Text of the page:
All Hallows’ Church is near the top of a hill (in fact, it is opposite Hill Top Street!) and the garden faces mostly south and west. It is very exposed and the garden edge is a wall with a drop of several metres. I had already identified wind as an issue and we have planted some hazel along the top of the wall to grow into a windbreak but we do need to do more.
Today, as I was working in the church and vicarage garden with a group of volunteers, it became obvious just how big a problem the wind is. The vicarage has several raised beds, some of which are bare soil, some with green manure planted. As we weeded the first bed and dug in the green manure in the second bed we could see just how quickly the soil dried out in the wind and then blew off the surface – soil erosion before our very eyes! Unfortunately the soil is dusty and has little humous so far, something we hope to improve, but what do we do now?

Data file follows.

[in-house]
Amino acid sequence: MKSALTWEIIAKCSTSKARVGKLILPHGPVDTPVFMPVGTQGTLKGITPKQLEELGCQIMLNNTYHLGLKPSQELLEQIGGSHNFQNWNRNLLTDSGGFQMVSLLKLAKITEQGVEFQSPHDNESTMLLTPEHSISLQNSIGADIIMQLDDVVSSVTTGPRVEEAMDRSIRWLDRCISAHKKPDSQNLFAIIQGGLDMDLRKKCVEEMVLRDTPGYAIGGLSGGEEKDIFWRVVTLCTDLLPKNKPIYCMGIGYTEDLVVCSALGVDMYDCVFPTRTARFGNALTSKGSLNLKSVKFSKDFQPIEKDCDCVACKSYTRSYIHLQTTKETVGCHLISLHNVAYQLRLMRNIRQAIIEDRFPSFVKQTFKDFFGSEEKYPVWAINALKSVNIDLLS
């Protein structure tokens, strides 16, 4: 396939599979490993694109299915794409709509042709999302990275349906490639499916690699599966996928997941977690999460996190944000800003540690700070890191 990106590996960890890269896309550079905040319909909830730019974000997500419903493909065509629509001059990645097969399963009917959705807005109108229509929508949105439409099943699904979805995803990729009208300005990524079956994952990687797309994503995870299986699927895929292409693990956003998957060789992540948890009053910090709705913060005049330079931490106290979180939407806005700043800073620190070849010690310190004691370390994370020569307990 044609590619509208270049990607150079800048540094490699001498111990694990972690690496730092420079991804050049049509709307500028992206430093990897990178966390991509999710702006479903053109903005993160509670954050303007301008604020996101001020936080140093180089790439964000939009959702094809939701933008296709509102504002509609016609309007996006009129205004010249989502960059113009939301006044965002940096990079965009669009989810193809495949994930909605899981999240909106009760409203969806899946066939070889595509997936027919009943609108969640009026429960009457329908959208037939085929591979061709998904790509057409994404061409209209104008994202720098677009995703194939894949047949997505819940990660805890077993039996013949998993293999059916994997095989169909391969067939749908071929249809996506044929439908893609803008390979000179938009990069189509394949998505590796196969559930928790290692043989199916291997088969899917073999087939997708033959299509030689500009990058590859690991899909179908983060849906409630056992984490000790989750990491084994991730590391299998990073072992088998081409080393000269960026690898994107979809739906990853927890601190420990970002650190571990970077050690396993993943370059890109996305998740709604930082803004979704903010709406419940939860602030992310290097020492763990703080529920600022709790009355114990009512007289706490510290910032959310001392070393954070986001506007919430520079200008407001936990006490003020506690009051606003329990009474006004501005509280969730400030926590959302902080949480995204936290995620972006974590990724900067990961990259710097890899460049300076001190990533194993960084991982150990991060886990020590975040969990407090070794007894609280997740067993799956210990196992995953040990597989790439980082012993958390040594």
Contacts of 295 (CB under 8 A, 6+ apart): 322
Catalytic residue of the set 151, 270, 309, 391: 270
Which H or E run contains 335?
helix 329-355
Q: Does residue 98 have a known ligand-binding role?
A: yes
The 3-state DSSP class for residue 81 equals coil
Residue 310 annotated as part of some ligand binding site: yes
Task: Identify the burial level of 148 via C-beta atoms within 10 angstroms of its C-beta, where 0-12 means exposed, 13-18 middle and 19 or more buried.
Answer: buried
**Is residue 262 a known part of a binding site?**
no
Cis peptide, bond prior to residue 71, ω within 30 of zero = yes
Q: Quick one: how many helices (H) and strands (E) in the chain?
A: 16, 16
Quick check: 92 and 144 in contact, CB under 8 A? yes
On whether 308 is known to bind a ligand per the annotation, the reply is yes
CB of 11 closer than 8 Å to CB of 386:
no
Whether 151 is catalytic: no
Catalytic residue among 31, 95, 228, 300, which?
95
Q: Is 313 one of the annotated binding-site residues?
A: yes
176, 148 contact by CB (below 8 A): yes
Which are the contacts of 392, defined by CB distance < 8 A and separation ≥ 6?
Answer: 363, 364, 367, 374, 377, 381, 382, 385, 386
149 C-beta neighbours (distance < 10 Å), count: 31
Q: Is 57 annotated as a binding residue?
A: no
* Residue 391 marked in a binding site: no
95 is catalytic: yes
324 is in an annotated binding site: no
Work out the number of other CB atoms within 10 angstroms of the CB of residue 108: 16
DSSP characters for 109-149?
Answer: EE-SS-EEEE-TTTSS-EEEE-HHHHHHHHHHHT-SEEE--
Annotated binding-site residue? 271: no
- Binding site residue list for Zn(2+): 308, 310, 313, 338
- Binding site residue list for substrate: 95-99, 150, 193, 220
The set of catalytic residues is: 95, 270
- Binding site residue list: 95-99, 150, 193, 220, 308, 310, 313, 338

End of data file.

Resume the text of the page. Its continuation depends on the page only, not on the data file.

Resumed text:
One thing is to make sure that we don’t leave any bare soil. We are going to try to mulch and grow as much green manure as we can when we don’t have a crop in the ground. I’m also quite keen on growing companion plants around our fruit bushes and trees. We also need to make as many windbreaks as possible. Because of the hard surfaces of the church and vicarage walls and fence this is going to be quite difficult because the walls channel the winds and cause them to speed up. We are going to have to investigate as many different ways, small and big, that can provide shelter for our plants.
We also planted some beans today and I am not expecting much success. Although the plants looked healthy and we watered them as soon as we planted them, within minutes the leaves began to look limp as the wind started to drag moisture from them. Our fruit bushes and trees look more healthy as they are more established but they must also be affected by being exposed to such a wind.
So, the plan is to find ways of:
– reducing the drying effect of the wind on the soil
– reduce soil erosion due to wind
– reduce the dehydrating effect of the wind on the plants.
I’ll report back later!